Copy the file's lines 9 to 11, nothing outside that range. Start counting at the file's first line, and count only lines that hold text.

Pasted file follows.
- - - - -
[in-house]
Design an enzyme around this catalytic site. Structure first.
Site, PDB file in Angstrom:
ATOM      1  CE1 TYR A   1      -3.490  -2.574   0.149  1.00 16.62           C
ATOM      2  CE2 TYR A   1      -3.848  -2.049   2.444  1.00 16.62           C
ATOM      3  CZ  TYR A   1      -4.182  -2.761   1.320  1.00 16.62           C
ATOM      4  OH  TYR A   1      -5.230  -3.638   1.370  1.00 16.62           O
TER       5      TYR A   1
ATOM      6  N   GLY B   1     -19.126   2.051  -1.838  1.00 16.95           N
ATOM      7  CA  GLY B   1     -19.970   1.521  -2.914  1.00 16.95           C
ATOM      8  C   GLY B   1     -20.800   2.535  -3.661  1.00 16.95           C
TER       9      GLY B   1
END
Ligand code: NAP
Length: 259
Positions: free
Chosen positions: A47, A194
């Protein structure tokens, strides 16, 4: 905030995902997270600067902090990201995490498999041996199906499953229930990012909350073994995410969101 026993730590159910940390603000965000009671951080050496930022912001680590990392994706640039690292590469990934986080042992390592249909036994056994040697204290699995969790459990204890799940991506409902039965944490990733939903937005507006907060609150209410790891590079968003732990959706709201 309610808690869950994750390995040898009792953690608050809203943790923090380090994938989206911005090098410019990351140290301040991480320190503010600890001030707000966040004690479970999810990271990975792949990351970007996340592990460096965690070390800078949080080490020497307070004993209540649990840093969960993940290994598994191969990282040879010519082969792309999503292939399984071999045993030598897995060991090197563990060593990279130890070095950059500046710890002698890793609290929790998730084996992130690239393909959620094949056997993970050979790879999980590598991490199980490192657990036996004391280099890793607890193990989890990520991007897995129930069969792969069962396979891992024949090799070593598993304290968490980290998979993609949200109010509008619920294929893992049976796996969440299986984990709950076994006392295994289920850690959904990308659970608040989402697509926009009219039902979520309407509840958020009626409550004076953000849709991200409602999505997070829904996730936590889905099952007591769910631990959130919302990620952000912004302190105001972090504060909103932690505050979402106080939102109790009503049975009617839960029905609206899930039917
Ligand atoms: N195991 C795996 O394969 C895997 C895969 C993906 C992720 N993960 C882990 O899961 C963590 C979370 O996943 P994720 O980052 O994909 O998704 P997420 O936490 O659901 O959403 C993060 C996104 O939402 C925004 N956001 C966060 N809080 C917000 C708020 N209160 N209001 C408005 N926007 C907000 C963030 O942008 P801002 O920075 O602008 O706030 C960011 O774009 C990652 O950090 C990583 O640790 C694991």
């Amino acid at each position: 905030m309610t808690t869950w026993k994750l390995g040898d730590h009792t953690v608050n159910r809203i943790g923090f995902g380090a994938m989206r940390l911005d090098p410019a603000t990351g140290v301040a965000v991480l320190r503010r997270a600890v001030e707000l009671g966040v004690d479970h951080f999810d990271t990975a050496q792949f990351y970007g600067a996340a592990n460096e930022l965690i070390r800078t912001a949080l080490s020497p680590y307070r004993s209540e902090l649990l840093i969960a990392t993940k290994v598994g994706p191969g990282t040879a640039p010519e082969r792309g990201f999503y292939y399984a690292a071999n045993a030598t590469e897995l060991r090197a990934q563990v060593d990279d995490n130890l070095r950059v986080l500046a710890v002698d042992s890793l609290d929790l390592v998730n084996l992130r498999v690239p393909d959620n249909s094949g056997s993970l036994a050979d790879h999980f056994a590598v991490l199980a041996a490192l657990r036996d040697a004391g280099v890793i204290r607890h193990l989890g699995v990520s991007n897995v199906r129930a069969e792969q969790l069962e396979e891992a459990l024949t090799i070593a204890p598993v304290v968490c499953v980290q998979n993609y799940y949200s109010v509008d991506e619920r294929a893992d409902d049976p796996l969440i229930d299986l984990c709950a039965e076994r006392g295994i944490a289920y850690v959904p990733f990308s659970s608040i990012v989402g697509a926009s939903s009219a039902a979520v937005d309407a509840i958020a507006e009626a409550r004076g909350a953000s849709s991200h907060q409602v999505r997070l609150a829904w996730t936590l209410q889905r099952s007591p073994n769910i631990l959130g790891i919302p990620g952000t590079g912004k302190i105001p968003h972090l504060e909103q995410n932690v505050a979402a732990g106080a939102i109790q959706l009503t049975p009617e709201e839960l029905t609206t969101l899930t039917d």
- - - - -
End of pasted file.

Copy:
ATOM      6  N   GLY B   1     -19.126   2.051  -1.838  1.00 16.95           N
ATOM      7  CA  GLY B   1     -19.970   1.521  -2.914  1.00 16.95           C
ATOM      8  C   GLY B   1     -20.800   2.535  -3.661  1.00 16.95           C